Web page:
November 23, 2016
Much Ado about Nearly Nothing in the End: The Obama Administration’s Smart Gun Saga
A completely predictable thing happened on the way to the Obama administration’s political promise from January that the federal government would put its considerable weight behind the development of authorized-user technology — more often called “Smart Guns.” In fact, we predicted it.
With the release just a few days ago of the National Institute of Justice (NIJ) Report, Baseline Specifications for Law Enforcement Service Pistols with Security Technology, we were reminded of what we said 11 months ago, pointing to the White House’s own words that eventual acquisition of firearms with this technology “would be consistent with operational needs.”
Indeed, operational needs as described in the NIJ baseline specifications seem to have ruled out for law enforcement several of the technologies so often cited in the media, including the fingerprint technology endorsed by President Obama with the rhetorical question “If we can set it up so you can’t unlock your phone unless you’ve got the right fingerprint, why can’t we do the same for our guns?”
The “working group of firearms experts in firearms technology” from the Departments of Justice and Homeland Security specified in their report that “The (firearm’s) security device shall not inhibit the operator from firing in either hand, one-handed or two-handed, with our without gloves, in any orientation” (Sec. 4.18.4).
Similarly, the report instructs, “The security device shall not increase the time required by the operator to grasp, draw from a holster, and fire the pistol as a pistol of the same design that is not equipped with the security device.” This specification would seem to rule out having to enter any numeric codes or even to have to wait for an external signaling device to synch up with the firearm unlocking mechanism” (Sec. 4.18.6).
Further, we read, “The security device shall not emit audible sounds or visible signals” (Sec. 4.18.7). We have seen video of handguns equipped with lights to indicate readiness to fire. You can count these designs out for law enforcement use, apparently.
Lastly, and most troubling we read, “If the security device malfunctions, it shall default to a state to allow the pistol to fire” Sec. 4.18.3). How is that so? We have heard that one of the proponents’ concerns was a law enforcement officer’s gun being taken from him. If the device failed in this way, then the officer’s life is at risk. If it defaults to non-firing, of course, an officer would be unable to defend himself/herself or others. It sounds like a technological conundrum.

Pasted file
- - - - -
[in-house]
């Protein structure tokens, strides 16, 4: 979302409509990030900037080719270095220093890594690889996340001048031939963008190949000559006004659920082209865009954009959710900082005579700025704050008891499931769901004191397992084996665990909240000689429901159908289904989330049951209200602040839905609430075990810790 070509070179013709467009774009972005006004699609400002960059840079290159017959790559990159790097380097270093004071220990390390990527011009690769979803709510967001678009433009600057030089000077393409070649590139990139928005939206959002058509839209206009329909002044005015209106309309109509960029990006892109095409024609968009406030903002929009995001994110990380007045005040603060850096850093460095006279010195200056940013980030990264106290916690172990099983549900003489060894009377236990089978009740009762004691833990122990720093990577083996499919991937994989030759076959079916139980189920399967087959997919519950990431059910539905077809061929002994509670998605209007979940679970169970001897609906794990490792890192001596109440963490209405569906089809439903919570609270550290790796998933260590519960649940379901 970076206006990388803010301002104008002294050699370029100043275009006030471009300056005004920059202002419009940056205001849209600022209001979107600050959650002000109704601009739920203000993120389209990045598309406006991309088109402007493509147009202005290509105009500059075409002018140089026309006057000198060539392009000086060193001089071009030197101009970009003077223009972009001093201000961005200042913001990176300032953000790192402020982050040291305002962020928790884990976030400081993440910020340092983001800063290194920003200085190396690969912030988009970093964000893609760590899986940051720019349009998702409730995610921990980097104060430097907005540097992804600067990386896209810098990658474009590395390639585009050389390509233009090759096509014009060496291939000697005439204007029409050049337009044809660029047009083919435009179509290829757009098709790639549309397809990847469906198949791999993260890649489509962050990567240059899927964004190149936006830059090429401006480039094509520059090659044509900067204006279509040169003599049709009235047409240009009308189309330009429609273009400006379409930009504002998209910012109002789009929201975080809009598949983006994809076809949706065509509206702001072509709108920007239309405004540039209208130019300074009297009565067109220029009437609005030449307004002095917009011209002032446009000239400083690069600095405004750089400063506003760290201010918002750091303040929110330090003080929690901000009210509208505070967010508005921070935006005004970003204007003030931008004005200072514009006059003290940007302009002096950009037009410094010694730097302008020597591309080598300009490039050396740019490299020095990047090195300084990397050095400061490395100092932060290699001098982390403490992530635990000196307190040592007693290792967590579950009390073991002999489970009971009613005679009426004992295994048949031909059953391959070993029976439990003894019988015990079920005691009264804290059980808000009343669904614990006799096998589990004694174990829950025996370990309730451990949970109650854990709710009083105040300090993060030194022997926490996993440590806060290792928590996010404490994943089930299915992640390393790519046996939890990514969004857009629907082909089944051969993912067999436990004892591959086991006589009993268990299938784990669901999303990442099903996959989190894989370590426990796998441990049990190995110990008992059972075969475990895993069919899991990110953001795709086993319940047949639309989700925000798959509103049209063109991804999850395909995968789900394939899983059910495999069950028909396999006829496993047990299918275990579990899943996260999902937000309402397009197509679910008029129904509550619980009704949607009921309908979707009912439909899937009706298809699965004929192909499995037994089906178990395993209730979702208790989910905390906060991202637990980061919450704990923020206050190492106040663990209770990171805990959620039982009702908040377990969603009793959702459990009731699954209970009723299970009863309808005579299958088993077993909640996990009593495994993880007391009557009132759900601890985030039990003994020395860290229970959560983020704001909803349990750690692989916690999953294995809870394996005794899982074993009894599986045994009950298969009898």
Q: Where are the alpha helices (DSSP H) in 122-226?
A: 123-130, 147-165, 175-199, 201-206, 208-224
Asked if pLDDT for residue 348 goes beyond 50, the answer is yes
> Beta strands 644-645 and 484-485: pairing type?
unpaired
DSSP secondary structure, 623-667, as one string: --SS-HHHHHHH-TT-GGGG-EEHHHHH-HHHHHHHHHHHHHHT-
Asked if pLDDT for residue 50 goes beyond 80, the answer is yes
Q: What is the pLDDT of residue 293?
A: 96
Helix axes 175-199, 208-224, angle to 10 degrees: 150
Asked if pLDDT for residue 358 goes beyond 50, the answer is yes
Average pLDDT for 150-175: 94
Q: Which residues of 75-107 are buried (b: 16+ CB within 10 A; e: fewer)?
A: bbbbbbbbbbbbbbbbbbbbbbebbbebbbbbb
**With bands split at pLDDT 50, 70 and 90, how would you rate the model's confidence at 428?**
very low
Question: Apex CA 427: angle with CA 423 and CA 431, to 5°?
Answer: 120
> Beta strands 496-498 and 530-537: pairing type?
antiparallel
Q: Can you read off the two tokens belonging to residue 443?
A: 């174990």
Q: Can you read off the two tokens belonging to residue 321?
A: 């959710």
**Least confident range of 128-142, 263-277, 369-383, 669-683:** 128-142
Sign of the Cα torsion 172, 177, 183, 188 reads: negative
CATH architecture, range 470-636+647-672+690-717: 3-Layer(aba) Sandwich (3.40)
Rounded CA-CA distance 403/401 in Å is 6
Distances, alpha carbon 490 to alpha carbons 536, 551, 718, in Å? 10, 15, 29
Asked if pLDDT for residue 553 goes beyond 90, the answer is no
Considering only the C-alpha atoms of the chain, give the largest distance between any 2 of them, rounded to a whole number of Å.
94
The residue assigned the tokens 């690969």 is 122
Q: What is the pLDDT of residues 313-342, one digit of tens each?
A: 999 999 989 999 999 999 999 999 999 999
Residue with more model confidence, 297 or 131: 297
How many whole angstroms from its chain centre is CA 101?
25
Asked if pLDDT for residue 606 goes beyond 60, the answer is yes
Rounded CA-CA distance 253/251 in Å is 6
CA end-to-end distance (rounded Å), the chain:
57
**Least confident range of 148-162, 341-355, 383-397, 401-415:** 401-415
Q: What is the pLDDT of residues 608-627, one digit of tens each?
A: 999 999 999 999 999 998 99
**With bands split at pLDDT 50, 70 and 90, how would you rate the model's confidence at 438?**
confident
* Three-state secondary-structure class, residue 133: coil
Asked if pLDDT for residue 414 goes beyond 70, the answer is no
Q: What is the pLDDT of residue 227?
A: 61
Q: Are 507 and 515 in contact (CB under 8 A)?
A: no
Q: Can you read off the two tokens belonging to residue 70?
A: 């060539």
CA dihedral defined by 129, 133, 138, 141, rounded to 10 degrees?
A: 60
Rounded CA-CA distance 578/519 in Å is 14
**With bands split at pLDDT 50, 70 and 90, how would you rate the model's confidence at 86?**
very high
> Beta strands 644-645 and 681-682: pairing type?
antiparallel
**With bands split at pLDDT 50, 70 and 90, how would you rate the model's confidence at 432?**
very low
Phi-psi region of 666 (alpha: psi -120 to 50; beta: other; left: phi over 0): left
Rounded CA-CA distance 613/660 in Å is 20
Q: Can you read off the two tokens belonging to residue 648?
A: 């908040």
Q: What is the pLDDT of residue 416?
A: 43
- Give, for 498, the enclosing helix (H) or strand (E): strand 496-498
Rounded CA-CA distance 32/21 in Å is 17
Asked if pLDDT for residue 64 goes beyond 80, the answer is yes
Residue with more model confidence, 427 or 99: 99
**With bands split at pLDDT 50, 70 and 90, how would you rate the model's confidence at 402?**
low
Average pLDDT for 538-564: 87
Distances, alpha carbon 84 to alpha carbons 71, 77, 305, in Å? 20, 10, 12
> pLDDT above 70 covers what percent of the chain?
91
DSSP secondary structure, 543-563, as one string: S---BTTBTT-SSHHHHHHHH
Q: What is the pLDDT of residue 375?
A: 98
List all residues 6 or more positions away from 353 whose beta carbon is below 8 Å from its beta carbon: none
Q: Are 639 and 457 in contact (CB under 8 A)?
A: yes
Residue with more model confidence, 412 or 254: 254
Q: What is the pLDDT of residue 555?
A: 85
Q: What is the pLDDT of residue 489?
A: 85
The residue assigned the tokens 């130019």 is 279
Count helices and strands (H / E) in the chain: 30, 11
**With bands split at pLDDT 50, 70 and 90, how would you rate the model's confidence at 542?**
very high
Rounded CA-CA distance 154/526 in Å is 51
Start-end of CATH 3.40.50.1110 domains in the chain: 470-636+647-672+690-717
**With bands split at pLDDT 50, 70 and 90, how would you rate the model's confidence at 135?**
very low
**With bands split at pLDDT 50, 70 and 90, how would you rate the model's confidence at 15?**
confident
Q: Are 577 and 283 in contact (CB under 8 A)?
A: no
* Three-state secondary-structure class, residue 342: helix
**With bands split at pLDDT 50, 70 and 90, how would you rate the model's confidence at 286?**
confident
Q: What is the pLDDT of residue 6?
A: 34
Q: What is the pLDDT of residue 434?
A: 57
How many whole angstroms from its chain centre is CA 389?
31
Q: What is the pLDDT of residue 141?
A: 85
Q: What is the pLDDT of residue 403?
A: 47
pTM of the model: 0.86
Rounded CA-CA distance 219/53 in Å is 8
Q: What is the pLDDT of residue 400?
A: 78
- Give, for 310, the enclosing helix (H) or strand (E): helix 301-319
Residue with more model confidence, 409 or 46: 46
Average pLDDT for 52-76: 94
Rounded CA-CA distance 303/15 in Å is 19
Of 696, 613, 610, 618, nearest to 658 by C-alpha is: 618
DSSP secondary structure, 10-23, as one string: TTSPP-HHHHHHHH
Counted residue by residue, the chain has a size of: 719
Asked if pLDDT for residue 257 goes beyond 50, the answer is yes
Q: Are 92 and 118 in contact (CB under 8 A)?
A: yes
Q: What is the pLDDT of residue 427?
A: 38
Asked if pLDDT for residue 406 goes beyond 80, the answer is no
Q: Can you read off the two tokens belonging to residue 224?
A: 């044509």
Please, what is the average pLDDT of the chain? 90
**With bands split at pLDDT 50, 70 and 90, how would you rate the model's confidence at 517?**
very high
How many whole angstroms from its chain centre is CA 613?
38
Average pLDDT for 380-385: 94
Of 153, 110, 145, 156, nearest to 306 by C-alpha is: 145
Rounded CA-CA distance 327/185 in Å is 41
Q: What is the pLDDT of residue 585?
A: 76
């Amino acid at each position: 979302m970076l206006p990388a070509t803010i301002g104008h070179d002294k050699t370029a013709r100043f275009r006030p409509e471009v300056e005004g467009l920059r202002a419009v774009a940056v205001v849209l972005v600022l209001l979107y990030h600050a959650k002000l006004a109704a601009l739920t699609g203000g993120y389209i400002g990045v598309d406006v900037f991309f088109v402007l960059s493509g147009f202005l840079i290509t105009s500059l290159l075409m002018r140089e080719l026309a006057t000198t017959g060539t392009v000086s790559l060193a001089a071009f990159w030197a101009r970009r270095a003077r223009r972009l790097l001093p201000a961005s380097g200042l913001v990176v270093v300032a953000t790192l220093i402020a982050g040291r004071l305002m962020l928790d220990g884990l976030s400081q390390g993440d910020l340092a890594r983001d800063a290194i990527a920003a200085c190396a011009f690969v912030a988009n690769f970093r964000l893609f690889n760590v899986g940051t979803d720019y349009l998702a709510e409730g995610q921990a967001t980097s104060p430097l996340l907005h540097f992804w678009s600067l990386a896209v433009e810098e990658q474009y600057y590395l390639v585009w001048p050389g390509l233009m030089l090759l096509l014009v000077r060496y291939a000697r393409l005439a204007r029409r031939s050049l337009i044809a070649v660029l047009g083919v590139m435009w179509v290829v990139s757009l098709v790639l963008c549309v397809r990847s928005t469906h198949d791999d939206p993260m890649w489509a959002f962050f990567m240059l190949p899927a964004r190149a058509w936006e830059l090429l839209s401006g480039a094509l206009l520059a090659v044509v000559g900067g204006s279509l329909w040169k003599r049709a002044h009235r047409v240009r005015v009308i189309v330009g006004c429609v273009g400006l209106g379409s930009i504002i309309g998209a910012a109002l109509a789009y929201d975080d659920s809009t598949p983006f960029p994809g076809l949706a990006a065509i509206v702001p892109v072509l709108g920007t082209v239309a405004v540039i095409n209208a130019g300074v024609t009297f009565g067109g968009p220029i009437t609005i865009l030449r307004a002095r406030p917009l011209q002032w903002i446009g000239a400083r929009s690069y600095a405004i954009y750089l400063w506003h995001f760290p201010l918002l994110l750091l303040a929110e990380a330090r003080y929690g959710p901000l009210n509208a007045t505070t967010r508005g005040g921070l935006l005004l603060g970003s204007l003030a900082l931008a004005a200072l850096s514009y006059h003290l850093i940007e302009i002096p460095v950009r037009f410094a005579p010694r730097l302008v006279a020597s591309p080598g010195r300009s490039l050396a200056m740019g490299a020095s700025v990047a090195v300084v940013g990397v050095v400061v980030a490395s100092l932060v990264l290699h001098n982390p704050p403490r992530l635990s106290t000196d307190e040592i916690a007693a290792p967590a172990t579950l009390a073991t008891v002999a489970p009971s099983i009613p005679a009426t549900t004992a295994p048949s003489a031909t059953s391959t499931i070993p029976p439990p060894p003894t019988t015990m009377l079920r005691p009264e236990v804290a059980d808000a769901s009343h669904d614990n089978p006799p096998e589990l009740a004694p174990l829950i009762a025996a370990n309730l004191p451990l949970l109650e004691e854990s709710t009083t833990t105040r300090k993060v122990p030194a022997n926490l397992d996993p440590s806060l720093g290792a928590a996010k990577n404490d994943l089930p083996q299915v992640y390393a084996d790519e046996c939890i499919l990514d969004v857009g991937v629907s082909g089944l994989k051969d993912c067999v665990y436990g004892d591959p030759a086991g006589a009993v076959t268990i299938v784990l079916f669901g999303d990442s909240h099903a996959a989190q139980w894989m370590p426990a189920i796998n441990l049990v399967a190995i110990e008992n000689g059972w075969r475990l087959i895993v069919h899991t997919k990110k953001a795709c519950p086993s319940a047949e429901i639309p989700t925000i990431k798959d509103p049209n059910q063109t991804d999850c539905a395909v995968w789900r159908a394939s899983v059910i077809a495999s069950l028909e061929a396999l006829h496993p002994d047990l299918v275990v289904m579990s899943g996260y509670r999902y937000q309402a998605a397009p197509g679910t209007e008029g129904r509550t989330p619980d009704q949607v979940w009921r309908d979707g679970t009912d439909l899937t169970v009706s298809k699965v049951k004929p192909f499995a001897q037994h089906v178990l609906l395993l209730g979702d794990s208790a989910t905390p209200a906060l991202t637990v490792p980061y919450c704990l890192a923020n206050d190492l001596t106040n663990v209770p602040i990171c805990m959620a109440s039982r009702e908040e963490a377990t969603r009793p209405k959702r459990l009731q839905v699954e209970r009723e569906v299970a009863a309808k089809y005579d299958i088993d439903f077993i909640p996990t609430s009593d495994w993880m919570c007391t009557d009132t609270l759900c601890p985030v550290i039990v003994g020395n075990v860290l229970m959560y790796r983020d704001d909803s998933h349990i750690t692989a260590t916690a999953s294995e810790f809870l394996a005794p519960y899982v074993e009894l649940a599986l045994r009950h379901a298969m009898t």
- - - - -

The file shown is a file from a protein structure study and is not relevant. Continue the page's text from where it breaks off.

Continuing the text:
We point out all this not to say, “We told you so,” although we did. We do so because unlike the early 2016 pronouncements from the White House that were picked up uncritically and trumpeted by the mainstream media, the release of this promised report has yielded no coverage – except for the endemic media that covers our industry. Then, we fielded many media calls some resulting in coverage, some not, and several delivered with a reporter lecturing regarding a position that the firearms industry does not hold.* To date, we have received exactly ZERO media calls regarding this report. Not surprisingly, we have not seen a headline “Government firearms experts throw cold water on White House ‘smart gun’ hopes.”
We have seen one short and decidedly vague story, so far, under the headline, “Obama administration’s new specifications for smart guns only voluntary plan” appearing in the vehemently gun control favoring New York Daily News. It quotes a Justice Department spokesman as saying, “The specs give ‘clear guidance’ to manufacturers.” On that, we can agree. We read that guidance and will characterize it as indicating that no law enforcement agency is likely to be ordering any “service pistols with security technology” anytime soon.
*For the record, the firearms industry does not oppose the development or marketing of authorized user technology equipped firearms. We do oppose government mandates requiring this technology in the marketplace. The industry also wants law enforcement and military experts to make acquisition decisions, not their political bosses on any level. As firearms experts, we also reserve the right to point out problems with the theory and design of “smart gun” technology and as incorporated in the examples we have seen to date. There are several tried and true means of safeguarding firearms, such as securing them in safes and lockboxes or with the use of cable locks such as that provided by the industry with the purchase of new firearms or through NSSF’s Project ChildSafe program.